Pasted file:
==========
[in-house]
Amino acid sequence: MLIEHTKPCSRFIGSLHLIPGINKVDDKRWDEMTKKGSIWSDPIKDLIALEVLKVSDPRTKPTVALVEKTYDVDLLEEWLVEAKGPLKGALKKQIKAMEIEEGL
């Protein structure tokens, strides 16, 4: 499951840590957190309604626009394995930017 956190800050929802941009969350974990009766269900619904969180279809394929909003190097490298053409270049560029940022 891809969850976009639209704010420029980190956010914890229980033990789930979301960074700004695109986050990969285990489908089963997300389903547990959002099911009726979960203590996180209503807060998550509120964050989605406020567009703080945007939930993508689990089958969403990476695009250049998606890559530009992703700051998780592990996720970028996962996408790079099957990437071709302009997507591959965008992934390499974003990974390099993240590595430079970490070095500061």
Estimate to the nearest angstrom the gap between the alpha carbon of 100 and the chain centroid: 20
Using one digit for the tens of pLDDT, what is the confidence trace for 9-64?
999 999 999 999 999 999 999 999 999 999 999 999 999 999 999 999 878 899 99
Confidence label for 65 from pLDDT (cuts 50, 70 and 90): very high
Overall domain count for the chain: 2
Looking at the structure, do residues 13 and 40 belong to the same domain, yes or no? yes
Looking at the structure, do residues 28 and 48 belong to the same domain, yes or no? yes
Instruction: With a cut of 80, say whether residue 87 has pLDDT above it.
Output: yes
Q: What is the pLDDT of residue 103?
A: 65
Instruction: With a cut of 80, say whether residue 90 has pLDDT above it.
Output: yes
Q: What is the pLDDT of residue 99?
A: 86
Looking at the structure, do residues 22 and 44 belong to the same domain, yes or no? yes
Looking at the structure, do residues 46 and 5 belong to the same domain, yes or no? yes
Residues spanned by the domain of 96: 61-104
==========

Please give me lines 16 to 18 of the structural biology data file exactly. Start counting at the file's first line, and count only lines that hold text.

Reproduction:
Output: yes
Q: What is the pLDDT of residue 99?
A: 86